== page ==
Large Scale Cultivation of Animal Cells
Many animal cell lines can be cultivated in suspension culture similar to microorganisms. Some cell types (e.g. typical normal diploid cells) are anchorage- dependent (i.e. they require a surface to grow on).
Such cells are grown on the inside surface of plastic or glass bottles or on the surface of micro carriers suspended in liquid medium. An artificial culture environment maintains its optimum pH (6.7 to 7.9), dissolved O2 (20-80%) and temperature. The animal cells are sensitive to shear forces.
Shear occurs due to stirring and sparging. Cells attached to air bubbles are exposed to enormous forces when bubbles leave the bulk liquid at the surface and burst due to decompression.
Cells in spared cultures can be protected from shear forces by using medium with a high viscosity. This can be achieved through high cell density (>107 cells/ml).
Similar to microorganisms, the animal cells can also be cultivated as batch, fed-batch and continuous culture. Continuous process can be carried out as a chemostat or perfusion culture (i.e. a continuous culture when biomass is retained in a reactor and cell- free culture liquid is removed).
Methods for Scale-up of Cell Culture Process :
In batch culture there are various methods for scaling up of animal cell culture process. These methods include roller bottles with micro carrier beads (for adherent cell culture) and spinner flasks (for suspension culture).
(a) Roller Bottles:
Early commercial production with anchorage-dependent cells was often performed in roller bottles. Inside the roller bottles animal cells adhere to curved surface area of microcarrier beads. Consequently, this increases the total surface area for available spaces for the growth of the cells. Typically, a surface area of 750-1500 cm2 with 200-500 ml medium will yield 1-2 x 108 cells. Moreover, a large surface area could be obtained by the use of microcarriers in stirred tank reactor.
The roller bottles are well attached inside specialised CO2 incubators. The attachments rotate the bottles along the long axis. The entire cell monolayer is exposed to the medium after each full rotation of the bottle. The volume of the medium superficially covering the monolayer is sufficient for cell growth.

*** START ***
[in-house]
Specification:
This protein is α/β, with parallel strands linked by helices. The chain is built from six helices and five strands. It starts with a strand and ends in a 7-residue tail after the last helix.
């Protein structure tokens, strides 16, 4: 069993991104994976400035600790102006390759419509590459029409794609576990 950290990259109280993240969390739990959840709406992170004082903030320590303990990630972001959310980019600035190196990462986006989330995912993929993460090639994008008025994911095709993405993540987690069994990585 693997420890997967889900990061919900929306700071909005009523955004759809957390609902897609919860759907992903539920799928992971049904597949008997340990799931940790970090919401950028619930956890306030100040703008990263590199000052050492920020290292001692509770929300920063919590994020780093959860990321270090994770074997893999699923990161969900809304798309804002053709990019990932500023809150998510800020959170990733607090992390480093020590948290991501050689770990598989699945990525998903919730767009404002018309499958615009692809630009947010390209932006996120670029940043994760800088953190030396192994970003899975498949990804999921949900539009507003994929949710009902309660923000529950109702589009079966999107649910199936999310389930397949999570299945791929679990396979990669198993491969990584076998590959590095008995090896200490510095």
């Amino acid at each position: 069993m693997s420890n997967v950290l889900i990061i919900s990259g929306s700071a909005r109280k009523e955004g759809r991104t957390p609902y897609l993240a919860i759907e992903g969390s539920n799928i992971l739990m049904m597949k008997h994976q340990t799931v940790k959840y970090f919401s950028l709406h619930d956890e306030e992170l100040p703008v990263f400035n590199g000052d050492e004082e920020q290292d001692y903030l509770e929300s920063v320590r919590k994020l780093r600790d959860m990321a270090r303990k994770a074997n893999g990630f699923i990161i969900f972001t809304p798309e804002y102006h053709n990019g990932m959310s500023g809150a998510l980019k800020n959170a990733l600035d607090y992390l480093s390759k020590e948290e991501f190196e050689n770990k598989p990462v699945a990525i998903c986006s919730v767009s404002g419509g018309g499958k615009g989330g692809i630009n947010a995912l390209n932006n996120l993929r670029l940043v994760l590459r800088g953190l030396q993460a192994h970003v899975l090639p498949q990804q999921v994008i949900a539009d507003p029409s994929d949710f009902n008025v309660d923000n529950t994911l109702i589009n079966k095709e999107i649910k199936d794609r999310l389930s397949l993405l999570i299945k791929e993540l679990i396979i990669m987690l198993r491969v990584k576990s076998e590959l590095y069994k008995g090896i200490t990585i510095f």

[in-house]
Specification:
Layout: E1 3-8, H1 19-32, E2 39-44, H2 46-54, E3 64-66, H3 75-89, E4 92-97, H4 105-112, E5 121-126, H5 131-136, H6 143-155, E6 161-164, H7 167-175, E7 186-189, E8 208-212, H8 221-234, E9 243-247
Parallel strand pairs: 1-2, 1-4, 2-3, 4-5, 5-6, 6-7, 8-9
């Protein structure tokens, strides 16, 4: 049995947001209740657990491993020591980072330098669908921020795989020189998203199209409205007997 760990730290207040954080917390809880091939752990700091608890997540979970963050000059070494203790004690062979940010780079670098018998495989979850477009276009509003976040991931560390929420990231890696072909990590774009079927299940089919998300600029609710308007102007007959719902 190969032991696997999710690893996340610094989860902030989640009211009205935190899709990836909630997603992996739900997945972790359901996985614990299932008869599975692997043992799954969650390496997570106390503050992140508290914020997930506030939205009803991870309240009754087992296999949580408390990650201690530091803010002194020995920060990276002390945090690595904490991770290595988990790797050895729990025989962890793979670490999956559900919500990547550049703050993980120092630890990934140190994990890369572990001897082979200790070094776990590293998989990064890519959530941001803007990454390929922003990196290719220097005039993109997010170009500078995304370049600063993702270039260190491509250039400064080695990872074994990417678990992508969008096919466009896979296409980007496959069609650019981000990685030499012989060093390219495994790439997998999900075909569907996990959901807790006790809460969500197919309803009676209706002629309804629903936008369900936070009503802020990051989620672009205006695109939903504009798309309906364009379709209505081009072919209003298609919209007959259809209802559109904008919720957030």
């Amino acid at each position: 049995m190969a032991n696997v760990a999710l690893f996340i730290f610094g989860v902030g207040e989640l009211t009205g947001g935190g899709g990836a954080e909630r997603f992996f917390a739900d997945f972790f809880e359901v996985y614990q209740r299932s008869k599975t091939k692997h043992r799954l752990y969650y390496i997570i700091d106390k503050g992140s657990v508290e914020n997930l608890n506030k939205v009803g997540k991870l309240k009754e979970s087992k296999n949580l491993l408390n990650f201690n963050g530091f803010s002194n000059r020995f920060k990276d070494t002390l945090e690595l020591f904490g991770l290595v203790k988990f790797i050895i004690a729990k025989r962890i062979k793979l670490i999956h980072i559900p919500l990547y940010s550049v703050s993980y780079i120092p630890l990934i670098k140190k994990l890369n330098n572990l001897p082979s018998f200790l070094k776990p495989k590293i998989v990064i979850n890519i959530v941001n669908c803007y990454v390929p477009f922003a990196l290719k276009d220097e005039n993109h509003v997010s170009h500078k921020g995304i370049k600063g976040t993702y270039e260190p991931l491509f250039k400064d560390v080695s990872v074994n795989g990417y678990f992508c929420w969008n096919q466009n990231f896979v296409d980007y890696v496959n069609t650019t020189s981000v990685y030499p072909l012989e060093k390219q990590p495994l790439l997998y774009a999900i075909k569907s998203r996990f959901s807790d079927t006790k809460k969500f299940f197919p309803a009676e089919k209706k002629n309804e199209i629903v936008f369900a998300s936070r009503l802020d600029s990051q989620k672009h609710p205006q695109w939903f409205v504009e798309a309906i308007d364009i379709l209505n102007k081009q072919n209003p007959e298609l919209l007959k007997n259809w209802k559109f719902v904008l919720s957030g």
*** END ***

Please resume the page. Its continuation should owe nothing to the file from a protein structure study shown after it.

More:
Microcarriers are also called microcarrier beads because these are small spherical particles (having 100-200 micrometer diameter) looking like beads. For animal cell culture microcarrier beads are used to increase the space for cell growth.
This results in an increase in number of the adherent cells per flask. These beads are made up of dextran or glass. These beads can also be used with spinner culture flasks as they are buoyant.
At the recommended concentration when microcarriers are resuspended, they provide 0.24 m2 area for every 100 ml of culture flask
This condition supports the growth of adherent cells to a very high density. Otherwise they shall be crowded and cause problem. The rapid cell growth quickly exhausts growth medium.
(b) Spinner Cultures:
Scaling-up of process requires several intermediate steps. The first step is the transfer of cells from stationary culture to shake flask or spinner flask. The spinner flask was originally developed to provide gentle stirring of microcarriers. But now it is used for suspension culture also.
The spinner flask consists of a flat surface glass flask. A teflon paddle (impeller) hangs down in the flask from the lid and remains suspended without touching the bottom. The impeller rotates and agitates the medium when flask is put in a magnetic stirrer.
The spinner flask used at commercial scale consists of one or more side arms for taking out samples and decantation as well. The cells are
Alternatives to Spinner Culture :
1. A single unit process in a well-adapted bioreactor is required.
2. A compact-loop bioreactor with marine impeller would satisfy these conditions.
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